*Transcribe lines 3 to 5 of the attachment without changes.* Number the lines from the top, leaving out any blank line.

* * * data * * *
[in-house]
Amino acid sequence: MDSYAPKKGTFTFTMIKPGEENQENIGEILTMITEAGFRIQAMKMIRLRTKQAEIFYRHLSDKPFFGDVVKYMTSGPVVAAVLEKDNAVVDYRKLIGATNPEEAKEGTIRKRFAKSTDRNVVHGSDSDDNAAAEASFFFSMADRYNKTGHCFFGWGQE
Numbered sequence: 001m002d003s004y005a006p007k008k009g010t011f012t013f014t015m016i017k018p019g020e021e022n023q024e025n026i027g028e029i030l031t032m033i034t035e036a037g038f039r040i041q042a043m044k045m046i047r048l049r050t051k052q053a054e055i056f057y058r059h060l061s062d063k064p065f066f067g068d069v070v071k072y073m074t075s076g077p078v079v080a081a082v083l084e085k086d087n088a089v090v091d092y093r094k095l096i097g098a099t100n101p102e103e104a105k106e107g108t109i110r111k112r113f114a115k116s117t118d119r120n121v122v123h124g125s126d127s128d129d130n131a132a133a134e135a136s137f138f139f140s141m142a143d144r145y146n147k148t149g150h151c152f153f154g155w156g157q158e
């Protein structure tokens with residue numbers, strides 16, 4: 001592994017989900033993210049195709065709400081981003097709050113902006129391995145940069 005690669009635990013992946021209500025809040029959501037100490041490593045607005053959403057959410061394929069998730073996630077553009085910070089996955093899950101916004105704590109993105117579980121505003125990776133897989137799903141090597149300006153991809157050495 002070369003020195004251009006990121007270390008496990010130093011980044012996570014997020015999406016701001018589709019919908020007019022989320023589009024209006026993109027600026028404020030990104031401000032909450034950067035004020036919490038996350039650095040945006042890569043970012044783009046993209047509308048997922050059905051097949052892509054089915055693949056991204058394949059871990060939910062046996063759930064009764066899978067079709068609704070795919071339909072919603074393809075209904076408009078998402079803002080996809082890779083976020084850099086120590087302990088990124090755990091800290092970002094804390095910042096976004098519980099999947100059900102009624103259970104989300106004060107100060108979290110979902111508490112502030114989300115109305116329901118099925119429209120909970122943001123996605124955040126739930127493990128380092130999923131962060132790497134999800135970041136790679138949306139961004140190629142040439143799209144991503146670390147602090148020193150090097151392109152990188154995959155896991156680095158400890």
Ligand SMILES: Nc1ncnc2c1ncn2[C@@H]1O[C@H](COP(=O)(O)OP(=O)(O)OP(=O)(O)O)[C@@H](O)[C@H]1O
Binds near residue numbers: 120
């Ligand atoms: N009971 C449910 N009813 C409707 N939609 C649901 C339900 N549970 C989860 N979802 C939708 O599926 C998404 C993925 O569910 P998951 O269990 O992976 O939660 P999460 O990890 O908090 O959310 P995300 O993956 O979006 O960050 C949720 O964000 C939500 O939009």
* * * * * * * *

Numbered sequence: 001m002d003s004y005a006p007k008k009g010t011f012t013f014t015m016i017k018p019g020e021e022n023q024e025n026i027g028e029i030l031t032m033i034t035e036a037g038f039r040i041q042a043m044k045m046i047r048l049r050t051k052q053a054e055i056f057y058r059h060l061s062d063k064p065f066f067g068d069v070v071k072y073m074t075s076g077p078v079v080a081a082v083l084e085k086d087n088a089v090v091d092y093r094k095l096i097g098a099t100n101p102e103e104a105k106e107g108t109i110r111k112r113f114a115k116s117t118d119r120n121v122v123h124g125s126d127s128d129d130n131a132a133a134e135a136s137f138f139f140s141m142a143d144r145y146n147k148t149g150h151c152f153f154g155w156g157q158e
């Protein structure tokens with residue numbers, strides 16, 4: 001592994017989900033993210049195709065709400081981003097709050113902006129391995145940069 005690669009635990013992946021209500025809040029959501037100490041490593045607005053959403057959410061394929069998730073996630077553009085910070089996955093899950101916004105704590109993105117579980121505003125990776133897989137799903141090597149300006153991809157050495 002070369003020195004251009006990121007270390008496990010130093011980044012996570014997020015999406016701001018589709019919908020007019022989320023589009024209006026993109027600026028404020030990104031401000032909450034950067035004020036919490038996350039650095040945006042890569043970012044783009046993209047509308048997922050059905051097949052892509054089915055693949056991204058394949059871990060939910062046996063759930064009764066899978067079709068609704070795919071339909072919603074393809075209904076408009078998402079803002080996809082890779083976020084850099086120590087302990088990124090755990091800290092970002094804390095910042096976004098519980099999947100059900102009624103259970104989300106004060107100060108979290110979902111508490112502030114989300115109305116329901118099925119429209120909970122943001123996605124955040126739930127493990128380092130999923131962060132790497134999800135970041136790679138949306139961004140190629142040439143799209144991503146670390147602090148020193150090097151392109152990188154995959155896991156680095158400890």
Ligand SMILES: Nc1ncnc2c1ncn2[C@@H]1O[C@H](COP(=O)(O)OP(=O)(O)OP(=O)(O)O)[C@@H](O)[C@H]1O